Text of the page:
Sometimes I wake up so full of self doubt I can barely think through making breakfast and getting dressed, much less handle whatever else is coming later in the day. It helps to go back and read things like 'I Was Crying All the Time' from 1989.
This isn't about being harsh on Kristy, because I love her. This is about context that helps me understand why my Plan is important. I love that article because for the 'back in the day' level of content, it's actually very good. Mental health was still very young, and diagnostic criteria was still being hotly debated. For it all to sift down to pressure, and missing getting to be a kid... well, that impresses me the most. That is my precedent for what I'm doing now.
My pressure growing up was about being told not to cry after I'd been hit, about having to help kill, dismember, and eat pets I'd raised from babies, about hours of food processing and prep that breaks child labor laws, about not getting the health care or emotional support I needed, about having to learn how to pretend I was ok or be punished for acting out.
I was not ok. I'm not ok now. I've never been ok. But neither have either of my parents. The more I look into what makes us who we are and the societies that weave the fabrics of our lives, the more I see that being broken is partly how most of the human race has survived. We're all broken.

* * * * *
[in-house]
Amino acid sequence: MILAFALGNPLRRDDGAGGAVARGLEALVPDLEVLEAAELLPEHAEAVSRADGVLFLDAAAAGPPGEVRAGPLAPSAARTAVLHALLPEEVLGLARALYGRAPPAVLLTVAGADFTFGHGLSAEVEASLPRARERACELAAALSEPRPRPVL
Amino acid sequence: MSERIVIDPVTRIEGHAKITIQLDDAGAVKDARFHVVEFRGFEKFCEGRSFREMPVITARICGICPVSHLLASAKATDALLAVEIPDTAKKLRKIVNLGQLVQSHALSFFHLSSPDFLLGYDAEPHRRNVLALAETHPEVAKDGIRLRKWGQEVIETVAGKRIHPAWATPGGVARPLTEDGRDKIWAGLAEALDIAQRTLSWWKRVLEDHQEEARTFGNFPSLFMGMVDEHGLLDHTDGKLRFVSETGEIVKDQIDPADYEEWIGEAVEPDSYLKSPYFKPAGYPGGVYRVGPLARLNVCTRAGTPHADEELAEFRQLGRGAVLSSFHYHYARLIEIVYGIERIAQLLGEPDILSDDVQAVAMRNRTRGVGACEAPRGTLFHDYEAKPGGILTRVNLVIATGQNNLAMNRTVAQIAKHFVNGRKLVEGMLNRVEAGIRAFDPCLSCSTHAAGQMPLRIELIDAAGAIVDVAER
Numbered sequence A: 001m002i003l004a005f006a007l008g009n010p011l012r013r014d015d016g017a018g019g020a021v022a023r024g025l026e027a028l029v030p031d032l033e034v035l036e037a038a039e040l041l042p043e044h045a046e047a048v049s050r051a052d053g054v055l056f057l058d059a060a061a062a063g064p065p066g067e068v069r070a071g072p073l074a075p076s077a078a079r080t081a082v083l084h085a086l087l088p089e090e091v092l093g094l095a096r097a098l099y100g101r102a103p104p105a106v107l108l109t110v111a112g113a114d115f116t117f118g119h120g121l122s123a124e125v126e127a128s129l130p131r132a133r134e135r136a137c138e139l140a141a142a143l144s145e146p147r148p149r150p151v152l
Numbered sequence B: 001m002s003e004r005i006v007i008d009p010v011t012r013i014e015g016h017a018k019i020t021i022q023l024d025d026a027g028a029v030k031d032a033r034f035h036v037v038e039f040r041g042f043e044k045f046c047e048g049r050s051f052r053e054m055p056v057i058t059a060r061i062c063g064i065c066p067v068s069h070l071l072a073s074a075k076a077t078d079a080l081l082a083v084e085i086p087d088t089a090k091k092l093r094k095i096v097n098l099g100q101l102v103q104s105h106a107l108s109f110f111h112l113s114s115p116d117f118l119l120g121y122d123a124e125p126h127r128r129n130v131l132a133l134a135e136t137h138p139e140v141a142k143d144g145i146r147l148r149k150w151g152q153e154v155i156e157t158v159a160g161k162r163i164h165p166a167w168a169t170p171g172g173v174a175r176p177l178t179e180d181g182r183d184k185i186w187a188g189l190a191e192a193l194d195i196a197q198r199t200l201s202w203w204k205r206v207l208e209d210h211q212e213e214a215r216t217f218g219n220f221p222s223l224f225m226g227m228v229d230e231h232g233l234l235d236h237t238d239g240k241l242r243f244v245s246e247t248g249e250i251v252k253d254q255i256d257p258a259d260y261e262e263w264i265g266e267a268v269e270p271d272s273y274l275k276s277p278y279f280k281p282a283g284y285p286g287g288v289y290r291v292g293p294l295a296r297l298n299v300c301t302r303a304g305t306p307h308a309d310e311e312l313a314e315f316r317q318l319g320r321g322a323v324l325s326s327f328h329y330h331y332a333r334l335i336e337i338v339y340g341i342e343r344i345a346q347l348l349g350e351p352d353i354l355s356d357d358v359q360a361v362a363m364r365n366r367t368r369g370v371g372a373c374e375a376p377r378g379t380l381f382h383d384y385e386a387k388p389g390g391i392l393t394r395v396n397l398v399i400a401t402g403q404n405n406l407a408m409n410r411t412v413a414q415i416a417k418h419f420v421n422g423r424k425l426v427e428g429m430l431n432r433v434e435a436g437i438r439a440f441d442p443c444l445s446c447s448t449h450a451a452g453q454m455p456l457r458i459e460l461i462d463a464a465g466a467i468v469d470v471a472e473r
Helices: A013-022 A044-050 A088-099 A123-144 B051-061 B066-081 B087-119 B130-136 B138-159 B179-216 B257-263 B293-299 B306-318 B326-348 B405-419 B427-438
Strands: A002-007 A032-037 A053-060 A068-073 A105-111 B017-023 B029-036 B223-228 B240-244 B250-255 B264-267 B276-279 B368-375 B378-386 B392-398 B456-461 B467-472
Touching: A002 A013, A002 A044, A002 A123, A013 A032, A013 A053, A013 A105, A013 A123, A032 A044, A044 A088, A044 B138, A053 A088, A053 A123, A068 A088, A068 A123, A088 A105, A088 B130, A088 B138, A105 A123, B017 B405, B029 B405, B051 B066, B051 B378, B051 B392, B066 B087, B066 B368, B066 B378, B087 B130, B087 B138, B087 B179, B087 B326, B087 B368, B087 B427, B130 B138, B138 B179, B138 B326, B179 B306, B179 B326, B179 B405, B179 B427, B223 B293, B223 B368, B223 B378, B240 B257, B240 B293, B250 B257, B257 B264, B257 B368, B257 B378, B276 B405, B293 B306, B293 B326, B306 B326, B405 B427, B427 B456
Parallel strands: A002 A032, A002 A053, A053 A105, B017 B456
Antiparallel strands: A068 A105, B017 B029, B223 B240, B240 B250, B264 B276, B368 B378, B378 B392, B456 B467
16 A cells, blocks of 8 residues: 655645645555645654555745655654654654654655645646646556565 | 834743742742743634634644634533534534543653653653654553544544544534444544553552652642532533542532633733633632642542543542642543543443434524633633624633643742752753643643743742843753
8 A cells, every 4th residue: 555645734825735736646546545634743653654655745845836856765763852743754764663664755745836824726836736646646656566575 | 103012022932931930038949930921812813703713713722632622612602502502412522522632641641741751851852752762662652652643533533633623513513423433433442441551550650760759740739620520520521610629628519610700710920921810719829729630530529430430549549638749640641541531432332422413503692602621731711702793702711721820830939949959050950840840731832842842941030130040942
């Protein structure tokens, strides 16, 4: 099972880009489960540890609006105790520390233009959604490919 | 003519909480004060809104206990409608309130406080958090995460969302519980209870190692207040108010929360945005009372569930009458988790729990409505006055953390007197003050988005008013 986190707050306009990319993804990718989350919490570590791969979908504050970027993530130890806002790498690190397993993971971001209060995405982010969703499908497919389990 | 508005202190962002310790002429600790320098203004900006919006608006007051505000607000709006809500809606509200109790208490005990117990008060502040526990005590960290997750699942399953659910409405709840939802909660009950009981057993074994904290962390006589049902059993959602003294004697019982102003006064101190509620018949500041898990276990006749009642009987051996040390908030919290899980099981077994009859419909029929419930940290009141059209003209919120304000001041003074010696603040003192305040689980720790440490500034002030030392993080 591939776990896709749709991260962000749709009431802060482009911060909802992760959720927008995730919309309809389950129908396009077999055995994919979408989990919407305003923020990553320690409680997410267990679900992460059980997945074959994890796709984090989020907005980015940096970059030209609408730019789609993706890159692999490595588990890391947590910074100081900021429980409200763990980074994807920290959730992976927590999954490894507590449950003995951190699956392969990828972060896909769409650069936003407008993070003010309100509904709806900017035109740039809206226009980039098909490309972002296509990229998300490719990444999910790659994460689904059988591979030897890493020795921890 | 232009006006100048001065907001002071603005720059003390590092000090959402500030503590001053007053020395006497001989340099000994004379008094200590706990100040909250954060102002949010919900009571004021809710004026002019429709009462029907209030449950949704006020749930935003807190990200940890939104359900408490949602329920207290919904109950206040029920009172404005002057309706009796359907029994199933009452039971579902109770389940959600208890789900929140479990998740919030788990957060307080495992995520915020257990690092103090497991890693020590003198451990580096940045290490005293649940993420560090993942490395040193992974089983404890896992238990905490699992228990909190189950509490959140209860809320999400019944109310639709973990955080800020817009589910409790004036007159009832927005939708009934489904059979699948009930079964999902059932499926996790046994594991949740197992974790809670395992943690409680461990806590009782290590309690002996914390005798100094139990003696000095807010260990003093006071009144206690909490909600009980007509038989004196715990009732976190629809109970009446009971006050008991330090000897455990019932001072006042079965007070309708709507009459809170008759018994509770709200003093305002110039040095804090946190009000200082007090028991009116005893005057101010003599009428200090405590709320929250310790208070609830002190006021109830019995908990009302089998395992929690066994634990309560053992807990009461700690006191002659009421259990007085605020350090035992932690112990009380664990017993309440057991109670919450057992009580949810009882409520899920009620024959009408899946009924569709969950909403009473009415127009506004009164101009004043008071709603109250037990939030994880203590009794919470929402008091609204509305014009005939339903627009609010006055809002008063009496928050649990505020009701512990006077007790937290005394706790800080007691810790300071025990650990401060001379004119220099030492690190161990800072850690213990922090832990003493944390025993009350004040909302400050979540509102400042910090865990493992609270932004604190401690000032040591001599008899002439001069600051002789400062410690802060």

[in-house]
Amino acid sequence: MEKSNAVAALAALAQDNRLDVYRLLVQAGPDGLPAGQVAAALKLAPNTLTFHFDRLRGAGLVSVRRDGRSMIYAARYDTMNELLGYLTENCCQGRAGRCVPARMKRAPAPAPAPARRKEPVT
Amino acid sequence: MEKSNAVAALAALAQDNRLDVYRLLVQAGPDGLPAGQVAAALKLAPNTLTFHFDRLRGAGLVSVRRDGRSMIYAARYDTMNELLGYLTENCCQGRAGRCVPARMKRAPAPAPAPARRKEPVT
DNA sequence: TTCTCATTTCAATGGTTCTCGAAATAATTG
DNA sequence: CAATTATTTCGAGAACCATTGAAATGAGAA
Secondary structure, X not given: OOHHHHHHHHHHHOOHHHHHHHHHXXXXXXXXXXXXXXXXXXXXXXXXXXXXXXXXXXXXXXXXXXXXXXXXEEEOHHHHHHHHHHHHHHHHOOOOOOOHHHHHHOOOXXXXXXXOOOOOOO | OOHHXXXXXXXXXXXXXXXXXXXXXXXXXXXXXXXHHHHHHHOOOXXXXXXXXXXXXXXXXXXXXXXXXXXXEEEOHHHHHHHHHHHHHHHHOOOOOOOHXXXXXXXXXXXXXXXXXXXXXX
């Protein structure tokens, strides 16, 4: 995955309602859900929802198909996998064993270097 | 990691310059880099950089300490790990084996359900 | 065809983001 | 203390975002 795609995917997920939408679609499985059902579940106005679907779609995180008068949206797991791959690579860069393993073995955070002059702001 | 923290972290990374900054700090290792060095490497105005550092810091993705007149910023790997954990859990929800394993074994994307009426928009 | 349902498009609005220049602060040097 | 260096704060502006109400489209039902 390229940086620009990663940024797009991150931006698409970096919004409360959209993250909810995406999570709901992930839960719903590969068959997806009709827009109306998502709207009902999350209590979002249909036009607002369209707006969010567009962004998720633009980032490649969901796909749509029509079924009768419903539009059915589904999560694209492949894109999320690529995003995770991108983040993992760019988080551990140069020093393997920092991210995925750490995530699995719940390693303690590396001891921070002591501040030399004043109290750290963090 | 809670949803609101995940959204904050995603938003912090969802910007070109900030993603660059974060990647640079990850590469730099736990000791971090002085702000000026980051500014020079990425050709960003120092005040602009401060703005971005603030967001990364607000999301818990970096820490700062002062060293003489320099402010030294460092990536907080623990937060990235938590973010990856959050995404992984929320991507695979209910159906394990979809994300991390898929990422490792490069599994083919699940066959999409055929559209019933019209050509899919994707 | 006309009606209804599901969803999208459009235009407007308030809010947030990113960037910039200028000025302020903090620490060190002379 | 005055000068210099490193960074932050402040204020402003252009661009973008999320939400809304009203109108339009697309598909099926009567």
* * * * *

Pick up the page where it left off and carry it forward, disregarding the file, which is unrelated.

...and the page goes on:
But back to me. If it's this obvious, why is this so important? Because an entire group of people actually wants me and my kind 'wiped out'. Because several other groups of people misunderstand my kind so much that they torture their own children. Because even my own kind are cruel and eat their own.
Never mind that this is all very complicated and layered with decades of socioeconomic history and culture clashes. Never mind that we live in tiny microcosms and misinterpret why people are the way they are. Never mind that we live in an age of me, me, me.
I do mind. I want answers. I want to know why EVERYTHING. I want to understand how and when and where, and I want to tell the story. I spent years getting a sociology degree generously peppered with everything there is to know about human history going back 25,000 years. I mostly wanted to know how in the world my parents got off on turning a blind eye while they tormented me, but I have learned so much along the way that I think I'm nearly able to show how this whole process works in a series of intimate stories shared both subjectively and objectively.
I'm able to do this because I was born especially equipped to solve this problem.
In the meantime, I'm relieved that I have a definition of what normal childhood pressure is supposed to be, because I'm so messed up that I can't even imagine.